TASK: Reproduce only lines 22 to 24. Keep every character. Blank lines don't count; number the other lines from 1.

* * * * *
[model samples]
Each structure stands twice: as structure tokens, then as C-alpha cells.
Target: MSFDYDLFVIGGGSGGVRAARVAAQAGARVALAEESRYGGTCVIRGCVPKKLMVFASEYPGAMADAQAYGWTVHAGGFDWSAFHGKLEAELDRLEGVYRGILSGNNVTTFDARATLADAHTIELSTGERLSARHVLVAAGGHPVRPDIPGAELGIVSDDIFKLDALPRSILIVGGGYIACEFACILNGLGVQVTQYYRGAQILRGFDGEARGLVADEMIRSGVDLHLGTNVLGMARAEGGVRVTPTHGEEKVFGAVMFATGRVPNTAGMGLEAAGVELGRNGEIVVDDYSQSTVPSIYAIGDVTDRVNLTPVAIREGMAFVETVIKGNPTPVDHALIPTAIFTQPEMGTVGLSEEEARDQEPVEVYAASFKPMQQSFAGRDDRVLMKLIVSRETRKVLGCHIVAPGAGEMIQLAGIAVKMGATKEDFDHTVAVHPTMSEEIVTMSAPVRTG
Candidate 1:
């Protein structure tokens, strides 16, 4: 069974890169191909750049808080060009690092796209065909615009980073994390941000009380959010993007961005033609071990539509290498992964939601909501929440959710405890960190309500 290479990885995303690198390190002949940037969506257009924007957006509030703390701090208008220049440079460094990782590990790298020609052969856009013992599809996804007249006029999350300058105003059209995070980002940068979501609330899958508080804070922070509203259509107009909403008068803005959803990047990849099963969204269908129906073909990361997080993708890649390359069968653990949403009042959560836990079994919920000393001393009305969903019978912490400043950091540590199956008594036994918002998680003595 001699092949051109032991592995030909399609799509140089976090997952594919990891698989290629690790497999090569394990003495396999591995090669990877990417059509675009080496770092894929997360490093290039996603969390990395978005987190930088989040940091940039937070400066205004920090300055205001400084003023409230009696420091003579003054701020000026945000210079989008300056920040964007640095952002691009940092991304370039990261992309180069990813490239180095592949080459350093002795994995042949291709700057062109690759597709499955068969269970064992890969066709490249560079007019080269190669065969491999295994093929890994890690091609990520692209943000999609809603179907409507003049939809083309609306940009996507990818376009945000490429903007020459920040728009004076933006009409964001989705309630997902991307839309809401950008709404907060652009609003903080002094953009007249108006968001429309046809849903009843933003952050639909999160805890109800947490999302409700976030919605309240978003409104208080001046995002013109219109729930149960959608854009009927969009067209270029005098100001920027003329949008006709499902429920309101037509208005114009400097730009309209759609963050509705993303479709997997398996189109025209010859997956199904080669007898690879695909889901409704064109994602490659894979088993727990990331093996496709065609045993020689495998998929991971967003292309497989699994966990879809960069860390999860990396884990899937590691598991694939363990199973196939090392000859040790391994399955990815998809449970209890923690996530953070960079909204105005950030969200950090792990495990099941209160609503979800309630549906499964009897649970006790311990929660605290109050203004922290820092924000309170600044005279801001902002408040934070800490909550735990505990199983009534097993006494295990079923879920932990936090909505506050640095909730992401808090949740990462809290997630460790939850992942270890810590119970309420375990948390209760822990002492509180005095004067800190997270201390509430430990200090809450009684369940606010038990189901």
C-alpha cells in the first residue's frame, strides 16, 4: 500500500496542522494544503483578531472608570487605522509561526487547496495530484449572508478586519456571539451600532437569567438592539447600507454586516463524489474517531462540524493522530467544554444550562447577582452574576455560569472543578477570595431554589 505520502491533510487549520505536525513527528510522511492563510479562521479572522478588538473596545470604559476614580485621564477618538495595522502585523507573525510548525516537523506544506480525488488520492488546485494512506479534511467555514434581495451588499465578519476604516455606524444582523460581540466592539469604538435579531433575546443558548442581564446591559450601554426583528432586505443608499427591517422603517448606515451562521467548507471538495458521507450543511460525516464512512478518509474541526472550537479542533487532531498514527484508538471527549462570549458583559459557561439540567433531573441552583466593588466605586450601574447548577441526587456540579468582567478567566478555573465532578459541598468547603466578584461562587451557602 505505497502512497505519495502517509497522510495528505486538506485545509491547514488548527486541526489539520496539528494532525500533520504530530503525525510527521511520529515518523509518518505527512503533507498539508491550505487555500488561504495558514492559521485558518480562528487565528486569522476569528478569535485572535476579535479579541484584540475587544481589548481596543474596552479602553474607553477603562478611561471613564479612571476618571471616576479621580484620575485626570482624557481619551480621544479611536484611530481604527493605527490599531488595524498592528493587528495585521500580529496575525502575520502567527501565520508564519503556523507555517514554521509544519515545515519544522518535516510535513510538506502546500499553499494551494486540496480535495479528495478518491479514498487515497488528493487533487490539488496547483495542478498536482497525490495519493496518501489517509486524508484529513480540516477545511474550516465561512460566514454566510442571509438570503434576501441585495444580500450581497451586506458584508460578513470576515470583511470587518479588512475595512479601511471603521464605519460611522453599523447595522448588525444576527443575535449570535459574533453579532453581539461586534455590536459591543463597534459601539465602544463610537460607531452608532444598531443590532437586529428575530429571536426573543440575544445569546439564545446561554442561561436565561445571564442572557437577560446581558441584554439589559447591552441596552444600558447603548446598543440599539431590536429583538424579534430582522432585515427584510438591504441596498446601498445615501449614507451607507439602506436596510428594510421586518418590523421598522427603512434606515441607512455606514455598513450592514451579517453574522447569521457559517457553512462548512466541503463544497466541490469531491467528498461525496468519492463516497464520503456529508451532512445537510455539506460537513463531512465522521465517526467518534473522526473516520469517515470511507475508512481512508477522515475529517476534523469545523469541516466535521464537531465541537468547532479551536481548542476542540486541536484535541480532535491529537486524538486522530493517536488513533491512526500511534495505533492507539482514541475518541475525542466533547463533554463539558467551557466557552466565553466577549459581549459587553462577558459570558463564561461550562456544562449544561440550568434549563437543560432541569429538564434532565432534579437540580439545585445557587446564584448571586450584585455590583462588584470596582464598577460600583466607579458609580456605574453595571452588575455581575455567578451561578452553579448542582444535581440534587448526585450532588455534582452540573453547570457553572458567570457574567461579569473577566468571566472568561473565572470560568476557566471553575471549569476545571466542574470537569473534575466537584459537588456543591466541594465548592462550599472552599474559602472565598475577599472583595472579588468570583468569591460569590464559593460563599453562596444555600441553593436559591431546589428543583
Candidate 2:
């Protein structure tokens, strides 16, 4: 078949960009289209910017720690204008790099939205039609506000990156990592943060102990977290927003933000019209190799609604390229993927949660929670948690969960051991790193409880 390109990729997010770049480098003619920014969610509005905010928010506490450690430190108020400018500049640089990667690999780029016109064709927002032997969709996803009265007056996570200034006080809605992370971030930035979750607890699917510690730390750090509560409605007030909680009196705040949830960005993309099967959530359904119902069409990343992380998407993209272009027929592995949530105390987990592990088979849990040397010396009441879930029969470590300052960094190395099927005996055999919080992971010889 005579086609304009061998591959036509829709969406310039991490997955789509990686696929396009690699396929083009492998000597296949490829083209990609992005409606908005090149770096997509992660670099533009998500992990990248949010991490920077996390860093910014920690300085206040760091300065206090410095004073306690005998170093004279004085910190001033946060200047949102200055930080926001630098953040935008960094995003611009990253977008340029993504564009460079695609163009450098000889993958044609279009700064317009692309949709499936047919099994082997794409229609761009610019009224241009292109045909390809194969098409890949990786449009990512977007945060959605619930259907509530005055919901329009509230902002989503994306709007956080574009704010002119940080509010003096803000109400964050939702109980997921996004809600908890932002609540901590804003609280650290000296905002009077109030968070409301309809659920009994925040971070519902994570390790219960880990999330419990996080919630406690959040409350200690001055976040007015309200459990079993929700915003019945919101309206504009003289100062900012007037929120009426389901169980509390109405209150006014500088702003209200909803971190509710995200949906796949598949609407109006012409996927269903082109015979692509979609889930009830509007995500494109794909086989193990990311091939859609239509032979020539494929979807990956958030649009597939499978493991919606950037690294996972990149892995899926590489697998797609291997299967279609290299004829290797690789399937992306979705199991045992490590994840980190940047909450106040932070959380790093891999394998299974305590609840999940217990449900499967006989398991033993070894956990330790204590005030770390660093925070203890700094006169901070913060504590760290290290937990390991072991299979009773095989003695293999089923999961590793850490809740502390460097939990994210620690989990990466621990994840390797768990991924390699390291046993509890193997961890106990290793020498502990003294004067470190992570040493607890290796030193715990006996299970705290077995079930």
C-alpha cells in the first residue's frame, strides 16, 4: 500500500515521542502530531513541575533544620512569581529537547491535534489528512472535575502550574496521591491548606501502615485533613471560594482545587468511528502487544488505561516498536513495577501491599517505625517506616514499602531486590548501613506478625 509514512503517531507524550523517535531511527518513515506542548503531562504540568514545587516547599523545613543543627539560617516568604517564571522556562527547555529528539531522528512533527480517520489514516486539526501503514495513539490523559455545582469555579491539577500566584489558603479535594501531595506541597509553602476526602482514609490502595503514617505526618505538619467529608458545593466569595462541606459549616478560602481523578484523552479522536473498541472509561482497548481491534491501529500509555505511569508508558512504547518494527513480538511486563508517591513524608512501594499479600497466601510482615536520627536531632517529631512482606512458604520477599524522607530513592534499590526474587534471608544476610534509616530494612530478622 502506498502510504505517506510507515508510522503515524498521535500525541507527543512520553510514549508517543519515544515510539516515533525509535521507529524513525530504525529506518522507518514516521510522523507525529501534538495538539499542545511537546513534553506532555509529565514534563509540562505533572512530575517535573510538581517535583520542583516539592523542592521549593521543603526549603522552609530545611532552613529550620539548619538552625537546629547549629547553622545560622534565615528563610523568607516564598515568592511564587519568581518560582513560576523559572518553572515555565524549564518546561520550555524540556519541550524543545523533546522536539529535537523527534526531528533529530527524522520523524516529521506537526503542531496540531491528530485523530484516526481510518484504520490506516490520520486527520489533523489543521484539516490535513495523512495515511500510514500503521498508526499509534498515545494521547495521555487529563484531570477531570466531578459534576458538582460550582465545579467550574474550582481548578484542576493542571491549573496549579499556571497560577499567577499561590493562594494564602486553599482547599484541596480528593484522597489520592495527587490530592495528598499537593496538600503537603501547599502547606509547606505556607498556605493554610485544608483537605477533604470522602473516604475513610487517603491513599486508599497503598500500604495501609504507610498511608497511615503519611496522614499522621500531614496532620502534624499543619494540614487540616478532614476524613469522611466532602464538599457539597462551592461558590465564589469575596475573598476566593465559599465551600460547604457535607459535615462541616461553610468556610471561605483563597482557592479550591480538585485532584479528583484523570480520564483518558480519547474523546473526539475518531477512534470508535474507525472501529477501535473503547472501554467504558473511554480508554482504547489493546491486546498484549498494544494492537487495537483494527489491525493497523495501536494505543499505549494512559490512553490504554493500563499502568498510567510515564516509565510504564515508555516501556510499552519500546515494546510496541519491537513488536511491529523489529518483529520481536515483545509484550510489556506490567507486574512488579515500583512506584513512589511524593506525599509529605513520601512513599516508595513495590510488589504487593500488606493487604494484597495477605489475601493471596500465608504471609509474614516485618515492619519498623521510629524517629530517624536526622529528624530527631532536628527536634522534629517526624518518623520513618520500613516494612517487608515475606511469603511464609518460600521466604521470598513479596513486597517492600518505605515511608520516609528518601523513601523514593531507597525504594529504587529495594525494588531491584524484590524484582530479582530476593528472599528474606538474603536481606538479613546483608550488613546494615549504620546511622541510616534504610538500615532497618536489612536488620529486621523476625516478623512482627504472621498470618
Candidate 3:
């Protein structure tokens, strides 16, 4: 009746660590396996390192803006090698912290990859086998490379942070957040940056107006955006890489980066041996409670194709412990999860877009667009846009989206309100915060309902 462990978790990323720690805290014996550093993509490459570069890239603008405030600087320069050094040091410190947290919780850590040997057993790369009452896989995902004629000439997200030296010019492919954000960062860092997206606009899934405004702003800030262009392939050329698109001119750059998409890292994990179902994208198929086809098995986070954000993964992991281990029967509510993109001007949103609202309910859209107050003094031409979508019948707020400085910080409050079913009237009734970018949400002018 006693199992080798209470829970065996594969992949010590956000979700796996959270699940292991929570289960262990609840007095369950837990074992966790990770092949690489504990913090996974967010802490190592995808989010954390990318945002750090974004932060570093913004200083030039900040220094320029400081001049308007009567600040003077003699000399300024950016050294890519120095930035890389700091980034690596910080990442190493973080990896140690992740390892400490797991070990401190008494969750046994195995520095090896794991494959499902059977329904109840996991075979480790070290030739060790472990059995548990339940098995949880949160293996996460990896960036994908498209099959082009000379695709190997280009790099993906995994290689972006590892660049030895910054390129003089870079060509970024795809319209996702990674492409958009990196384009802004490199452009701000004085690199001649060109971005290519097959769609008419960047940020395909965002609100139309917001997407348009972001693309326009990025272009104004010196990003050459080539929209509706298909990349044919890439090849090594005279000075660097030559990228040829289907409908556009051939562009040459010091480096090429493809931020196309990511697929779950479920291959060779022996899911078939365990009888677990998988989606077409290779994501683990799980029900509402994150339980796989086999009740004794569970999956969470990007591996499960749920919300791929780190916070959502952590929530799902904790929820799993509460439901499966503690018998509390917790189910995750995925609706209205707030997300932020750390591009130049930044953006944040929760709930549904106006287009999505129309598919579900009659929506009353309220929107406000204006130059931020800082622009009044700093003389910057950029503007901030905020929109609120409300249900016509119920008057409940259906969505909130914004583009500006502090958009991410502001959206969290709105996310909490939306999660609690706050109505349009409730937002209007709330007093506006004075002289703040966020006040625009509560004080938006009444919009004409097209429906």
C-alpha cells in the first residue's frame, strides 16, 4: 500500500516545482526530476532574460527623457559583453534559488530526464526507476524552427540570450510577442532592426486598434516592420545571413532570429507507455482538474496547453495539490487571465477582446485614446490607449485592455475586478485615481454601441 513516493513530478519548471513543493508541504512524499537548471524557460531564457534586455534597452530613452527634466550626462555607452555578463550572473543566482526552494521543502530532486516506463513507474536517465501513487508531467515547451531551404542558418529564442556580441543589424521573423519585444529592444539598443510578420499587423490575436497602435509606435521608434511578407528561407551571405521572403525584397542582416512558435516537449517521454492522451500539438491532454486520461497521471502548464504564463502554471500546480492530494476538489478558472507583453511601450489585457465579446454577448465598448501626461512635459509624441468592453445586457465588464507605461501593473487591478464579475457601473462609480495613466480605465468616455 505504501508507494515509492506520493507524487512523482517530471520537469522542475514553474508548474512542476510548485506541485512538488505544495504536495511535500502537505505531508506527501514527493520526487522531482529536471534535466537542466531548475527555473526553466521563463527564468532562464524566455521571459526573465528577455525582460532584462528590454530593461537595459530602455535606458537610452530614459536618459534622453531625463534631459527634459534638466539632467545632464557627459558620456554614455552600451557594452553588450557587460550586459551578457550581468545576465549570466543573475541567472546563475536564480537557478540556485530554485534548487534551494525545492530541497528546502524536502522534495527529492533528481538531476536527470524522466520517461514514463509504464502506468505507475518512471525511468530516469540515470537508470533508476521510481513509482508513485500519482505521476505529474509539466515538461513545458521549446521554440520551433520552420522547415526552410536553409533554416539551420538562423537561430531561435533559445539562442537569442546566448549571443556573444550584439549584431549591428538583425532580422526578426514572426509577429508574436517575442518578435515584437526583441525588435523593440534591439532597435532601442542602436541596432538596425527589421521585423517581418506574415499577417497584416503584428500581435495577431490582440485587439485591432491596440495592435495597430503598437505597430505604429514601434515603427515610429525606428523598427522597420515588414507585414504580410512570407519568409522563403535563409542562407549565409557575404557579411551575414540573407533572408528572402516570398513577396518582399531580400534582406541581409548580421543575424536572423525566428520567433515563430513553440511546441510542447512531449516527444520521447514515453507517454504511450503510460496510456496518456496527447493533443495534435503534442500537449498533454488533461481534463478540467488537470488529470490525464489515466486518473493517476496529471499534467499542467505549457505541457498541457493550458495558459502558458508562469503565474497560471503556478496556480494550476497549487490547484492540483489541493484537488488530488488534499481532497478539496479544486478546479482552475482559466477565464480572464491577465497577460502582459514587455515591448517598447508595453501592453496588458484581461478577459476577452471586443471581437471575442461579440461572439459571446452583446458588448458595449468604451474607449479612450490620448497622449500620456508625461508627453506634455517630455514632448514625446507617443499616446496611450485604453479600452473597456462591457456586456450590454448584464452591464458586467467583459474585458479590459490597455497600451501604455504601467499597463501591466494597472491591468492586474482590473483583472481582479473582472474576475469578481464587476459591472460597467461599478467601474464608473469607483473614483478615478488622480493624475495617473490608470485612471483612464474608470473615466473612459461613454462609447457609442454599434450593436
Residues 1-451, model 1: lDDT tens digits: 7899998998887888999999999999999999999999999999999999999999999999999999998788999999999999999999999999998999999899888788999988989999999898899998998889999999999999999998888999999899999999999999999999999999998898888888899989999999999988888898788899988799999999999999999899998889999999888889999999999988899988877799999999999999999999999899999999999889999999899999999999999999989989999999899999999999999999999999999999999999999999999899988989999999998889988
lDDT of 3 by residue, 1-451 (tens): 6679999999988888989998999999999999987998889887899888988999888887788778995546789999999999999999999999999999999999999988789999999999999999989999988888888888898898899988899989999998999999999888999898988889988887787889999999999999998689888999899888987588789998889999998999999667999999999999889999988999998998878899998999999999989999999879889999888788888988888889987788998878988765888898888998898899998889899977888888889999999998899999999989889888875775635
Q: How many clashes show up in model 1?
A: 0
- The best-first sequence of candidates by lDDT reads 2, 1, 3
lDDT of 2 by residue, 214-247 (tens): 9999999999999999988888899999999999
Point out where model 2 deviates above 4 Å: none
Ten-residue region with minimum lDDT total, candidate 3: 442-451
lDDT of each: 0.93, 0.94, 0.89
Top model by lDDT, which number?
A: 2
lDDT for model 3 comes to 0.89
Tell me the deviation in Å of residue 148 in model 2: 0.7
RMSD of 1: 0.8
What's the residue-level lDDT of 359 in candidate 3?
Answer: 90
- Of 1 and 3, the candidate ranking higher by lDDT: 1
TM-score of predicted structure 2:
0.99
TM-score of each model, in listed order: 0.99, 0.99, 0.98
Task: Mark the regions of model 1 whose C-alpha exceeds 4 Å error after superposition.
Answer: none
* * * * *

Top model by lDDT, which number?
A: 2
lDDT for model 3 comes to 0.89